The value-sensitive design was an excellent place to start creating the product with the most impact. To find out more about the problem of GHB spiking and the opinion of the stakeholders on our product, it was also essential to talk to them. We talked to the stakeholders we had initially identified during our value-sensitive design. While talking with them we identified and were referred to new stakeholders which increased our findings. We made drastic changes to our product and its proposed implementation based on their input. We also discovered the greater necessity for an immediate on-site GHB test. It could be used by hospitals, law enforcement, and as a forensic tool in addition to preventing spikes. First, we show and explain all the interactions we have had with our stakeholders in our interactive timeline. Then we describe our findings on the problem and the solution. In Figure 1 a summary of the interactions with our stakeholders is shown.
Figure 1. Overview integrated human practices. Initially, through stories from victims of GHB spiking we came up with the idea of a GHB sensor. Afterward, we identified the problem and recieved input from the target audience and nightlife establishments. With the help of healthcare facilities and law enforcement we identified more applications of our sensor. Lastly we talked to 5 safety institutions to ensure a safe product would be developed. With all the information gathered we could start designing a product which was at the end reviewed by victims of GHB spiking.
We created an interactive timeline to summarize our interactions with our stakeholders. Interviews constituted the majority of the communication, along with emails and questionnaires. Additionally, we show how the design altered as a result of interactions with stakeholders at each stage of the project. To read about our findings, click on the images of the stakeholders.
We first spoke with a variety of stakeholders via interviews to obtain a deeper understanding of the problem of GHB spiking. Only after we had identified the full extent of the problem we could design the desired solution.
Region of interest
To get a better understanding of the problem we first had to determine the region of interest in which we were going to conduct the research. We focussed on Western Europe, namely the United Kingdom, the Netherlands, France, and Belgium, as the amount of suspected spiking incidences grew the most there, nevertheless, their very well organized healthcare system  . As an iGEM team based in the Netherlands, we chose to conduct the research mainly there. The initial definition of the target audience for our sensor included individuals who frequent nightclubs, festivals, concerts, pubs, or house parties. Obviously, this is a sizable audience, but we selected it since these are the locations where people claim to have been spiked the most frequently.
Lack of data
In our initial discussions with our stakeholders, we learned that a significant underlying issue underlying GHB spikes is a lack of data. The media and individual accounts on the frequency of spiking and the proven incidents of spiking differ significantly from each other  . A large fraction of people in Western Europe claim to have either experienced having their drink spiked or to have known someone who has. According to a sexism-free-night survey conducted in Europe, 7.8% of the approximately 4500 respondents said they had been spiked "premeditated or with prior planning," such as when someone forced them to use a substance without their knowledge. Another research showed that in the UK, one in nine women and one in 17 men  says their drink has been spiked, and 28% of the interviewed people know someone whose drink has been spiked. In the Netherlands, NOS handed out a survey to 5000 people; 5% of people who filled out the survey said they had been spiked, and more than 50% of the women take the possibility of being spiked into account when going out. On the other hand experts’s research results indicate that GHB spiking is not often observed and proven  .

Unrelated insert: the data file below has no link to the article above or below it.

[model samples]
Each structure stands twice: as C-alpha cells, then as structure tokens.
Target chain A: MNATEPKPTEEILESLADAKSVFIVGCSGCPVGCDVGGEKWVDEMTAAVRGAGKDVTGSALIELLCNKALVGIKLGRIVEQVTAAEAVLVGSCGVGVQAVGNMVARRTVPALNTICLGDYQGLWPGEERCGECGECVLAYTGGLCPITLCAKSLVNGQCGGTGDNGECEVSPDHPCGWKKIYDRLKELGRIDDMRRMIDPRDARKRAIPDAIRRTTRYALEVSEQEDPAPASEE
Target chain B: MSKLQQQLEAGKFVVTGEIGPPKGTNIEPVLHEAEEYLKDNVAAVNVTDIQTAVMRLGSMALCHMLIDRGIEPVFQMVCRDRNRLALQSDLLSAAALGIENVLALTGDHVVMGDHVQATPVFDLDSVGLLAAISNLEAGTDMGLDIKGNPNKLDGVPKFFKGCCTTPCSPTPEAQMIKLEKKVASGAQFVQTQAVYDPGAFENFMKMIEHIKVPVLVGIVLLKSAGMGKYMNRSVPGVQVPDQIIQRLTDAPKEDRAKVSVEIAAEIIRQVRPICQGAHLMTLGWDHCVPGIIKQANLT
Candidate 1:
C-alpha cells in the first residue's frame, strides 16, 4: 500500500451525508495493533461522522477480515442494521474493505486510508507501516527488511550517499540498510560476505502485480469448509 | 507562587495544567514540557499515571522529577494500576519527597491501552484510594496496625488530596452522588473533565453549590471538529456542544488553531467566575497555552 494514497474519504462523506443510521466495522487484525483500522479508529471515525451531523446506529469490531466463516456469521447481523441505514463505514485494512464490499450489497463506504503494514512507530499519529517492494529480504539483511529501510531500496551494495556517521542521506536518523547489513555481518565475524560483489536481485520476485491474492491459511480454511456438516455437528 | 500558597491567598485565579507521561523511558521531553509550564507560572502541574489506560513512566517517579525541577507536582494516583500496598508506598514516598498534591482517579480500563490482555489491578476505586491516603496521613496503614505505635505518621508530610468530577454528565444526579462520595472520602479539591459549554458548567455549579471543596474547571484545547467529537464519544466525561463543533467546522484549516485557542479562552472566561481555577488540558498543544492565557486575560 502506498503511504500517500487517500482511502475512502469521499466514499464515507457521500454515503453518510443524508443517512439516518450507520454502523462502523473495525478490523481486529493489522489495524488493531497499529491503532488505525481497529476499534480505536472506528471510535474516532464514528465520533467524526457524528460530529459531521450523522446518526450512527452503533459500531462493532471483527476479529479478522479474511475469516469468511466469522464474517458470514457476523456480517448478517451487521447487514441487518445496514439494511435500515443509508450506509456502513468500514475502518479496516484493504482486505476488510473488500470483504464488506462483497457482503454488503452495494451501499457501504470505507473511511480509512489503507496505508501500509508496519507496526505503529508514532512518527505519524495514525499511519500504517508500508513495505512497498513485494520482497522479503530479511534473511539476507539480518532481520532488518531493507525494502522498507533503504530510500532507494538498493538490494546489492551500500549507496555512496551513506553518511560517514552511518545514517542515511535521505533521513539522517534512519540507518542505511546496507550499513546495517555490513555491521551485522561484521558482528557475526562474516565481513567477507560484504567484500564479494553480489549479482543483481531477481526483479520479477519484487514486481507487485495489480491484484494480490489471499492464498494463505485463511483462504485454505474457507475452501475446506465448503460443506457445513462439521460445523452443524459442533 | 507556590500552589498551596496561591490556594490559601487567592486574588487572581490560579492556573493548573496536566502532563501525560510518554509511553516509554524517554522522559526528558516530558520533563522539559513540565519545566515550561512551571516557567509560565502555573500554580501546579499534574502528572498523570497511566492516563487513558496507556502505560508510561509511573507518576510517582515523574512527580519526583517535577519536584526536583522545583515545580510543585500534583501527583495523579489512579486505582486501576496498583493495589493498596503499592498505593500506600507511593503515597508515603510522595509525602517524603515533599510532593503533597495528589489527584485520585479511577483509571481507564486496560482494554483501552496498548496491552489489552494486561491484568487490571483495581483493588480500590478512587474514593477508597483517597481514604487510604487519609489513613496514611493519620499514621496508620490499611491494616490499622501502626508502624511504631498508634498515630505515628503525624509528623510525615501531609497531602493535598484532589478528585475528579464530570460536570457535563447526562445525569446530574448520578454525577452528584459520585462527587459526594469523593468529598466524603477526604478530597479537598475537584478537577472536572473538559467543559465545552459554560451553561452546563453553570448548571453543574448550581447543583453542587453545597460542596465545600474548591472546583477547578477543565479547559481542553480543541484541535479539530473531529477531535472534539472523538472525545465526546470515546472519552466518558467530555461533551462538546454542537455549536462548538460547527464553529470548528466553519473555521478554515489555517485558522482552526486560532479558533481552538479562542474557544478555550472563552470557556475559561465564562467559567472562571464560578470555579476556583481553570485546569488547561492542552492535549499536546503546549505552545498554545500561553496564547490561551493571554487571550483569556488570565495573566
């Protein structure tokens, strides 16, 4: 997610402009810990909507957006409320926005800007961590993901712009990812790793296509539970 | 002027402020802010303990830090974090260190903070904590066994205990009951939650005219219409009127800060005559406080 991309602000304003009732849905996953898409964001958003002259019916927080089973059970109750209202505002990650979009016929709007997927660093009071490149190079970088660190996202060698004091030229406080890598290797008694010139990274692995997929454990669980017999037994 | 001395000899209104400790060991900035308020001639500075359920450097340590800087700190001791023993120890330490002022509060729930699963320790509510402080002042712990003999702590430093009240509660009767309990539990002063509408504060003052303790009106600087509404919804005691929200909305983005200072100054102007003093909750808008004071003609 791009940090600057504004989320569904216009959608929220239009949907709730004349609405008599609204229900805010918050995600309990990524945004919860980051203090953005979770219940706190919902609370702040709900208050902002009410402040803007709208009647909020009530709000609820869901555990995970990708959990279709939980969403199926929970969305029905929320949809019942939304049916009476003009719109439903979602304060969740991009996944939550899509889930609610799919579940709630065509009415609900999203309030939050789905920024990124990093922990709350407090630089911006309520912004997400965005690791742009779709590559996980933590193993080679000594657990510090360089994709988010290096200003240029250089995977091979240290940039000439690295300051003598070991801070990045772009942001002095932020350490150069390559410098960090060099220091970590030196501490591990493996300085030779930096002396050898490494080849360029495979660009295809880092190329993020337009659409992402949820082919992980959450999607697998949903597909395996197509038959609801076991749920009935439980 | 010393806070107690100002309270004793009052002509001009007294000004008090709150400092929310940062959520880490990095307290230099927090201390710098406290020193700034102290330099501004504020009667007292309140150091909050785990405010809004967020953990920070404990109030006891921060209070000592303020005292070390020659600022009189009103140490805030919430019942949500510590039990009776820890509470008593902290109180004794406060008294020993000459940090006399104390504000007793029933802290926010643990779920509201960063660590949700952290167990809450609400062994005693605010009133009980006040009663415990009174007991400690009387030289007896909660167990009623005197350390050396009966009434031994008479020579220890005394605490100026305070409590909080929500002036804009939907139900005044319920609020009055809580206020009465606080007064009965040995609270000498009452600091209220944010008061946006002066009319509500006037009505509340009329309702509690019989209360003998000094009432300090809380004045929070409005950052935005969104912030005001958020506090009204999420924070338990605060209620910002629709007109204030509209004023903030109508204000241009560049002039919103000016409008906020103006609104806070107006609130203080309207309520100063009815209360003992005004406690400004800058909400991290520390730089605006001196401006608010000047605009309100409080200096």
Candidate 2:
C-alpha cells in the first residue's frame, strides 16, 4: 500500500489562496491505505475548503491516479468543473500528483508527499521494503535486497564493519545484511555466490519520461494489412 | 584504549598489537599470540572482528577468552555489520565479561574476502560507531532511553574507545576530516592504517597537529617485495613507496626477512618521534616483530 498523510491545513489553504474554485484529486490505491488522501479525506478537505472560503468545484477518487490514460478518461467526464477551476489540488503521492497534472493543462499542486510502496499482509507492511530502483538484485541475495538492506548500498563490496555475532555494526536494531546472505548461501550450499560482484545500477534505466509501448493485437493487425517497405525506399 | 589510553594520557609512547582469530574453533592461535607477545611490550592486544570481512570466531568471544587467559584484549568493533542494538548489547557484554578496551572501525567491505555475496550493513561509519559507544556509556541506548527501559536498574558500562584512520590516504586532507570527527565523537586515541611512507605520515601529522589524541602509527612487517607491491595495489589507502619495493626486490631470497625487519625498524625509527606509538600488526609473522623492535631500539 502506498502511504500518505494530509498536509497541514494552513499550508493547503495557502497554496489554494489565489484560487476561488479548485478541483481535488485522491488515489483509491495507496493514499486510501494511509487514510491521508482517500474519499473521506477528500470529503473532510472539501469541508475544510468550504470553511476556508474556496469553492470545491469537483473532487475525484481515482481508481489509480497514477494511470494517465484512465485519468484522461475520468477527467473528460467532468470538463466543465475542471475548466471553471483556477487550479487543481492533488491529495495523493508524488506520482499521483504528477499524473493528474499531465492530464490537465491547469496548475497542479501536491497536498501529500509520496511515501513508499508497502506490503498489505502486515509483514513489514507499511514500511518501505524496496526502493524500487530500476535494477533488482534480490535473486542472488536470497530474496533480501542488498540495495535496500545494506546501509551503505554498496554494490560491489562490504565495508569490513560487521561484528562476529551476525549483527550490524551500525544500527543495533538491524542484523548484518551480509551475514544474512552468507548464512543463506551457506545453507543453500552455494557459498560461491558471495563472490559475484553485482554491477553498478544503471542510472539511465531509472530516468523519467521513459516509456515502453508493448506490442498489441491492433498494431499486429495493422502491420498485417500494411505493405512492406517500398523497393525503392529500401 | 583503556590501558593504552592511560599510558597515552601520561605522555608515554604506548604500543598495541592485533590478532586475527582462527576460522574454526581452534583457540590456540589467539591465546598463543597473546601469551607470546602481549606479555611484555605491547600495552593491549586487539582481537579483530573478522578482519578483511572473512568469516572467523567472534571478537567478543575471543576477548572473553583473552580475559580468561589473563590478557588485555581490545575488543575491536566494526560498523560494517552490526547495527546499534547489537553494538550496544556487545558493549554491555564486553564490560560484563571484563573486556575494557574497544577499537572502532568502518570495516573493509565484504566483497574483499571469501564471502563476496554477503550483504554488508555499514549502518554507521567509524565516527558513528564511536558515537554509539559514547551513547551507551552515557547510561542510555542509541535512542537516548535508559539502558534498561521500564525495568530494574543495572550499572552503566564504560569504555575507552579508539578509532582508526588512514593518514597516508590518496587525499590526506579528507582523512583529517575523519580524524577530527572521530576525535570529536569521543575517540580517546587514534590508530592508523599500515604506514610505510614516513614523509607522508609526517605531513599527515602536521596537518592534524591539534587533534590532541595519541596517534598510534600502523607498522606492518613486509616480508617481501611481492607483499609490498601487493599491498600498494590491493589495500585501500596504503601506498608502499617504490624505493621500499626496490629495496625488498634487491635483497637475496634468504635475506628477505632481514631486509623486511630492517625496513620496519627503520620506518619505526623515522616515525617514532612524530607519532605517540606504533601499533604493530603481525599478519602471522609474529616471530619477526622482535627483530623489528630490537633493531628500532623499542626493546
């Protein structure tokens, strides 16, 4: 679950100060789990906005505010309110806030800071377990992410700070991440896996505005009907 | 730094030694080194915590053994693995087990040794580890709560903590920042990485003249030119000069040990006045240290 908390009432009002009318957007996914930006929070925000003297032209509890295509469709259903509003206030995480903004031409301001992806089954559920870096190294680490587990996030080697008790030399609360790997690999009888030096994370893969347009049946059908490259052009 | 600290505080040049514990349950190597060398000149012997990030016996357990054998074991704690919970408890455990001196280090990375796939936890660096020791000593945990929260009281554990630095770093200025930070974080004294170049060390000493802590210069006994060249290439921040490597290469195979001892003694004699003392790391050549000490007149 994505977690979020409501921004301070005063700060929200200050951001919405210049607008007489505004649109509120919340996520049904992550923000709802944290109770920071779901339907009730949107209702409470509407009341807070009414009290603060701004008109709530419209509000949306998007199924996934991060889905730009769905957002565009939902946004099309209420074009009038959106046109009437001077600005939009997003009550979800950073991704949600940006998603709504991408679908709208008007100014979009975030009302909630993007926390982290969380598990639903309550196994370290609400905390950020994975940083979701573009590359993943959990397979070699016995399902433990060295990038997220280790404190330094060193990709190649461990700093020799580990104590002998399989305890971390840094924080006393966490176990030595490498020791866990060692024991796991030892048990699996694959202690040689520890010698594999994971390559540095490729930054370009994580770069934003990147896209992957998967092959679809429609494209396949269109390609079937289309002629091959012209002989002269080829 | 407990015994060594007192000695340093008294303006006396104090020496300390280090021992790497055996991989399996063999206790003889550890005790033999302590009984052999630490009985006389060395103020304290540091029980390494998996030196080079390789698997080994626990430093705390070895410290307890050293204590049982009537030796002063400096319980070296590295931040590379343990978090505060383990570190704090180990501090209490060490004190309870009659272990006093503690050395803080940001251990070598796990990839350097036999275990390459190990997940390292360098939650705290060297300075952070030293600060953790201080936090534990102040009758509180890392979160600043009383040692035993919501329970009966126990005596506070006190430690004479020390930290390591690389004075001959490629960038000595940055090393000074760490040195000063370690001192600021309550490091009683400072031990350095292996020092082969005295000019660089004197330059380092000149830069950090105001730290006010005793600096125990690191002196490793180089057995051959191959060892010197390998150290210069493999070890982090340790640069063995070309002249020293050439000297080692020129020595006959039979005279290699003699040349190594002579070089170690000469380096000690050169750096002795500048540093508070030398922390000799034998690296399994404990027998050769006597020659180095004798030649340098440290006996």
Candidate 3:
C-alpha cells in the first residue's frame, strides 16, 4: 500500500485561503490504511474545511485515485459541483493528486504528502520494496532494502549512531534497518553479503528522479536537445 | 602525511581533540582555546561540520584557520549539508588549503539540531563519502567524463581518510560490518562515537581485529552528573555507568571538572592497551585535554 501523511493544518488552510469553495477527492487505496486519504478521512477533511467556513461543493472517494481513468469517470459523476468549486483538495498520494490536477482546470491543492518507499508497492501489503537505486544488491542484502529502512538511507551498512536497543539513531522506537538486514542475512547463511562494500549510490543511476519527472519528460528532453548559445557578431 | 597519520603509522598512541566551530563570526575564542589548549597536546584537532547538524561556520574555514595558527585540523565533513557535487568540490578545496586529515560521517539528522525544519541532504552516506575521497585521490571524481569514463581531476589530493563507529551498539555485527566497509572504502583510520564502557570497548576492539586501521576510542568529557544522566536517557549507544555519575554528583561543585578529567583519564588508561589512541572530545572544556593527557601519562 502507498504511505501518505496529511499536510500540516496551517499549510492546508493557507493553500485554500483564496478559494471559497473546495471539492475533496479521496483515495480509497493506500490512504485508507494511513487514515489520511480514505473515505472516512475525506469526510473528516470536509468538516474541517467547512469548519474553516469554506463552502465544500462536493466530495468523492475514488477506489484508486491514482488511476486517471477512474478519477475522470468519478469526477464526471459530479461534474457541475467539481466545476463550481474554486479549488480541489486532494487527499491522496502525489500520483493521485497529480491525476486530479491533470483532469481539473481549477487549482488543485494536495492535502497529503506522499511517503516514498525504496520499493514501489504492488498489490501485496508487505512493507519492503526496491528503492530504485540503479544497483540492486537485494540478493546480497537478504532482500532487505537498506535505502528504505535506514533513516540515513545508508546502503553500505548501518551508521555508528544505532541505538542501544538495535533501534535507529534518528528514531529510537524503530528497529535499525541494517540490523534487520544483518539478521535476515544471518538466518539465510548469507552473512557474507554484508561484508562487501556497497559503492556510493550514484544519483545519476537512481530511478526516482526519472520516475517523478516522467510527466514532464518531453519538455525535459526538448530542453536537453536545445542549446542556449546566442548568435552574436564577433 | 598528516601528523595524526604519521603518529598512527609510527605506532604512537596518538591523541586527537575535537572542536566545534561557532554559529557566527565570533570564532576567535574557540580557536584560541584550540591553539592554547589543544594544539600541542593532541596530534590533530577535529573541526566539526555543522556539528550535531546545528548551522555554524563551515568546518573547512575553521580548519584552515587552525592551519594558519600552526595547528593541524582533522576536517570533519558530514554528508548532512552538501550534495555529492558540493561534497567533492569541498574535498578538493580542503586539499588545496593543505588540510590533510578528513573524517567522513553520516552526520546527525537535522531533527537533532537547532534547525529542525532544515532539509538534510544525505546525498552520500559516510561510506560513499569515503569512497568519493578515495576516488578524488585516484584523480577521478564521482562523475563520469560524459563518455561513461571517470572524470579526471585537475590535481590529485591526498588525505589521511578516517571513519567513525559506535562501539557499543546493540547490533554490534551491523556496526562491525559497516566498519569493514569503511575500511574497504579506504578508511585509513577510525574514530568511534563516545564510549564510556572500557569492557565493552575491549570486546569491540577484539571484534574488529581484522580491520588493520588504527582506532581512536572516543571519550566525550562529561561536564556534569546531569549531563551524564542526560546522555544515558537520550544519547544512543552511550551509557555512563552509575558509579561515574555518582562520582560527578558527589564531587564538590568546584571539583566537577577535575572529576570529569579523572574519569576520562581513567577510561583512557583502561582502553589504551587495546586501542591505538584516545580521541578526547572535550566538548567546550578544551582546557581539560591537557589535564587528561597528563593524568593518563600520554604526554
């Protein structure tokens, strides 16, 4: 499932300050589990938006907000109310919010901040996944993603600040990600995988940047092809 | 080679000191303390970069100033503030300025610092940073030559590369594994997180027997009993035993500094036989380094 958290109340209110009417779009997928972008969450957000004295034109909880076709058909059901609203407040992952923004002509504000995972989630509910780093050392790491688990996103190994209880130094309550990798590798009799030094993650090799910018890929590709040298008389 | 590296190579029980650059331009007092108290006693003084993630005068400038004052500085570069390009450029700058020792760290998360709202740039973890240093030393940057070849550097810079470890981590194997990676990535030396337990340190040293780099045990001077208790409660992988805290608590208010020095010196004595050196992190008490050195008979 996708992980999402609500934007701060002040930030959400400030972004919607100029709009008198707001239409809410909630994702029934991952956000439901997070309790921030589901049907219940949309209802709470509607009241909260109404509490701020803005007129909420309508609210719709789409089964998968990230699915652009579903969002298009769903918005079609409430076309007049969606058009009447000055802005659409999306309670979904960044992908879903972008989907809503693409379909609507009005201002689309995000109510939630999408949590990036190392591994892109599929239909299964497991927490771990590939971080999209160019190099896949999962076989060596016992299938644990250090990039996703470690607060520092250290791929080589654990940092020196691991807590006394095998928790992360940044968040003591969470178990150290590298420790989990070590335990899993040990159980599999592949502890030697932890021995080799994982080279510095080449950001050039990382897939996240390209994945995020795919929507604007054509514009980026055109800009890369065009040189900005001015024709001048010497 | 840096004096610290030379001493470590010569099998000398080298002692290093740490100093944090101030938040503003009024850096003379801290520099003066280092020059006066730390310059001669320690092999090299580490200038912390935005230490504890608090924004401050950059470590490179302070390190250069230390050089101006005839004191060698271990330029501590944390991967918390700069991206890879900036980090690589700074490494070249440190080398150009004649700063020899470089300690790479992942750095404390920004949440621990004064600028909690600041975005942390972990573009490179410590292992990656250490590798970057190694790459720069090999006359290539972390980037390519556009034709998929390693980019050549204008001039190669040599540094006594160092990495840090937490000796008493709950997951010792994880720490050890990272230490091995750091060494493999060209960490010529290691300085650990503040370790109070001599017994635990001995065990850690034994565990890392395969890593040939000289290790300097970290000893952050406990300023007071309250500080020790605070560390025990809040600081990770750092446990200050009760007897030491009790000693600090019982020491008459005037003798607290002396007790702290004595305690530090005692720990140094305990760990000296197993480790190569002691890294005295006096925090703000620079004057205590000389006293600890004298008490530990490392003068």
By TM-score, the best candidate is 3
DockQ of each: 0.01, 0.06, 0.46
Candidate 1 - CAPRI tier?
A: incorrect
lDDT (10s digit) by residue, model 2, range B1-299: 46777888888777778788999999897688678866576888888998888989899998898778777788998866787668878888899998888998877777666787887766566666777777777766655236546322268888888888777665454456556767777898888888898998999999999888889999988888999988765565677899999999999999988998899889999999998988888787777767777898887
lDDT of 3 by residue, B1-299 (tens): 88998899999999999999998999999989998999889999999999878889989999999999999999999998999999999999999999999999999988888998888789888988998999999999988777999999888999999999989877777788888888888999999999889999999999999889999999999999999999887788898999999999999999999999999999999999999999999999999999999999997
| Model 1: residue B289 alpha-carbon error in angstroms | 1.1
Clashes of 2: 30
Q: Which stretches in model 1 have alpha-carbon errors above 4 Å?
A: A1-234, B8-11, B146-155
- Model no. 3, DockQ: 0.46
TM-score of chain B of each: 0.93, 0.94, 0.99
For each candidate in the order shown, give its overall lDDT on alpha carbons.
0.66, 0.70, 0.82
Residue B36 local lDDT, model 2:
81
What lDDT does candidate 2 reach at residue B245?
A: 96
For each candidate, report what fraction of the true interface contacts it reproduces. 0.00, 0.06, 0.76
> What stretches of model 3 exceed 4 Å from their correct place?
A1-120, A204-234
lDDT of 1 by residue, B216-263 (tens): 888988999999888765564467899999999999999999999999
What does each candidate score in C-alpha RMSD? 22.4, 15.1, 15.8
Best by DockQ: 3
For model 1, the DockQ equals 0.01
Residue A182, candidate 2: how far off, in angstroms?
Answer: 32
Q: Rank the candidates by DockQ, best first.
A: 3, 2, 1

We initially spoke with Steven Biemans from the Trimbos Institute to determine the origin of the disparity. He informed us that GHB must be detected within the first 12 hours of use and that it may already be undetectable after three to six hours . Additionally, he added that the window of detection is very small because GHB's effects last for only about 1.5 hours in the body. The signs of GHB spiking can also resemble alcohol intoxication quite closely. Finally, there is a general data shortage that needs to be addressed because people are frequently not believed to have been spiked. We also spoke with Amber Schaafsma, a Dutch first aid physician. She informed us that few hospitals perform GHB tests, which contributes to the shortage of data. Hospitals offer a rapid urine drug test, but it does not screen for GHB. To test for GHB an extensive test has to be done in the lab by a specialist. She told us this is usually not worth it due to the small timescale GHB can be detected and as the treatment between GHB and alcohol poisoning is the same. Leanneart Borra from the Dutch Forensic Institute (NFI) told us GHB is also hard to detect due to the endogenous presence in some drinks and your body. Cross-reactivity of sensors with ethanol also makes it harder to detect GHB. Ronald van Litsenburg, managing director of Event Medical Services, the company that provides medical services at significant events, was also the subject of our interviews. Following the cancellation of a festival in Belgium due to accusations of spiking, we sought to gain a deeper understanding of GHB spiking at festivals. According to the interviewee, no tests are performed at festivals since the course of treatment remains the same and because blood tests are inconvenient in these circumstances. Additionally, he claimed that festivals wouldn't purchase pricey single-use tests because they wouldn't be insured.